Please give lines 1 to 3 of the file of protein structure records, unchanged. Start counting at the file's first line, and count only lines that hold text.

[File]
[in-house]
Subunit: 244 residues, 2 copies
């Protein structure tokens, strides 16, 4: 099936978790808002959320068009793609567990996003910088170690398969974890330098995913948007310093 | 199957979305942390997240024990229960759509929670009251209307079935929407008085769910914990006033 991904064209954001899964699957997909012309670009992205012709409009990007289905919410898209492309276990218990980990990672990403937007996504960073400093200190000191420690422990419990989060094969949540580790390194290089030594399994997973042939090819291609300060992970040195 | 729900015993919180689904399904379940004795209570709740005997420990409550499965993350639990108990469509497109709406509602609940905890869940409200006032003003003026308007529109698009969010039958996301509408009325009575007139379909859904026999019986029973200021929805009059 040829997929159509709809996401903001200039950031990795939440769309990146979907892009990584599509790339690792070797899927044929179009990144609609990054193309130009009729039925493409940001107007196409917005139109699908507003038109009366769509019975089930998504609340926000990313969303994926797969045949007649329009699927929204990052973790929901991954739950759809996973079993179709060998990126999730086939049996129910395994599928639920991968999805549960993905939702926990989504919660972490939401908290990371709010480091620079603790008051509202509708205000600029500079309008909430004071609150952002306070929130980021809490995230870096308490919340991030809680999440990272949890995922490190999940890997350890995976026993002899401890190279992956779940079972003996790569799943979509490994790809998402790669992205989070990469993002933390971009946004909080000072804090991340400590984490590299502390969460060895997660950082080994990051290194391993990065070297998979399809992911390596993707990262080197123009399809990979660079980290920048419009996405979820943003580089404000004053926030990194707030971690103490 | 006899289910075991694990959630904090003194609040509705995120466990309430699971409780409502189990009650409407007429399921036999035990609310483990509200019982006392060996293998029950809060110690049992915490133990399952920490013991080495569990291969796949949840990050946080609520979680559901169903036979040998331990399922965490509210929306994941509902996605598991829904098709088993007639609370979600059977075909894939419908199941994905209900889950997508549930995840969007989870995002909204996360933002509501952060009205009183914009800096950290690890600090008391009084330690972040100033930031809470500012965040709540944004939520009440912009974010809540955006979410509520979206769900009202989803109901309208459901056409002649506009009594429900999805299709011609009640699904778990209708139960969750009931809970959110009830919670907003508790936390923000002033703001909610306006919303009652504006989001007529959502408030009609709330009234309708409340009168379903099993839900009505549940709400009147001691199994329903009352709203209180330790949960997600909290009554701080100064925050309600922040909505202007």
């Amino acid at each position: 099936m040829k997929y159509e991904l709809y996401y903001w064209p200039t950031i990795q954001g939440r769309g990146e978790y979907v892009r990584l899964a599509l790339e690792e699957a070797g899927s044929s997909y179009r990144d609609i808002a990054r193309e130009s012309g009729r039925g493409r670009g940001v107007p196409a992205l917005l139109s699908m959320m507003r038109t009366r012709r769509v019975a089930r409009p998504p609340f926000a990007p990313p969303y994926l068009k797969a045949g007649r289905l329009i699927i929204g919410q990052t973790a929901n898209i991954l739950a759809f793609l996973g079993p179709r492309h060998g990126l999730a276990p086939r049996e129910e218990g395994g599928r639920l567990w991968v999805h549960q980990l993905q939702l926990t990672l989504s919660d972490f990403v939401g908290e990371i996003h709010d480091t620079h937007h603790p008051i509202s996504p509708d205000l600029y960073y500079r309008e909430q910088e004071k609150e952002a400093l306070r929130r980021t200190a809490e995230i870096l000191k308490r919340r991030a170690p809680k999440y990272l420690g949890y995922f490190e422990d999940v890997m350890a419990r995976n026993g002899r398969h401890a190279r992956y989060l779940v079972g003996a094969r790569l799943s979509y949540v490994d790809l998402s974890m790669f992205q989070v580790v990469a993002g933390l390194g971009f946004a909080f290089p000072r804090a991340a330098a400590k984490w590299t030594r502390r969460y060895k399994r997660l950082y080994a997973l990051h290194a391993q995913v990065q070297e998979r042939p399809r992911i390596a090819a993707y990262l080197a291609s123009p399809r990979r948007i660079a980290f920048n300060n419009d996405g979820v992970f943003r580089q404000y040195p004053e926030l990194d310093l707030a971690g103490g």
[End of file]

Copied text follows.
[in-house]
Subunit: 244 residues, 2 copies
């Protein structure tokens, strides 16, 4: 099936978790808002959320068009793609567990996003910088170690398969974890330098995913948007310093 | 199957979305942390997240024990229960759509929670009251209307079935929407008085769910914990006033 991904064209954001899964699957997909012309670009992205012709409009990007289905919410898209492309276990218990980990990672990403937007996504960073400093200190000191420690422990419990989060094969949540580790390194290089030594399994997973042939090819291609300060992970040195 | 729900015993919180689904399904379940004795209570709740005997420990409550499965993350639990108990469509497109709406509602609940905890869940409200006032003003003026308007529109698009969010039958996301509408009325009575007139379909859904026999019986029973200021929805009059 040829997929159509709809996401903001200039950031990795939440769309990146979907892009990584599509790339690792070797899927044929179009990144609609990054193309130009009729039925493409940001107007196409917005139109699908507003038109009366769509019975089930998504609340926000990313969303994926797969045949007649329009699927929204990052973790929901991954739950759809996973079993179709060998990126999730086939049996129910395994599928639920991968999805549960993905939702926990989504919660972490939401908290990371709010480091620079603790008051509202509708205000600029500079309008909430004071609150952002306070929130980021809490995230870096308490919340991030809680999440990272949890995922490190999940890997350890995976026993002899401890190279992956779940079972003996790569799943979509490994790809998402790669992205989070990469993002933390971009946004909080000072804090991340400590984490590299502390969460060895997660950082080994990051290194391993990065070297998979399809992911390596993707990262080197123009399809990979660079980290920048419009996405979820943003580089404000004053926030990194707030971690103490 | 006899289910075991694990959630904090003194609040509705995120466990309430699971409780409502189990009650409407007429399921036999035990609310483990509200019982006392060996293998029950809060110690049992915490133990399952920490013991080495569990291969796949949840990050946080609520979680559901169903036979040998331990399922965490509210929306994941509902996605598991829904098709088993007639609370979600059977075909894939419908199941994905209900889950997508549930995840969007989870995002909204996360933002509501952060009205009183914009800096950290690890600090008391009084330690972040100033930031809470500012965040709540944004939520009440912009974010809540955006979410509520979206769900009202989803109901309208459901056409002649506009009594429900999805299709011609009640699904778990209708139960969750009931809970959110009830919670907003508790936390923000002033703001909610306006919303009652504006989001007529959502408030009609709330009234309708409340009168379903099993839900009505549940709400009147001691199994329903009352709203209180330790949960997600909290009554701080100064925050309600922040909505202007």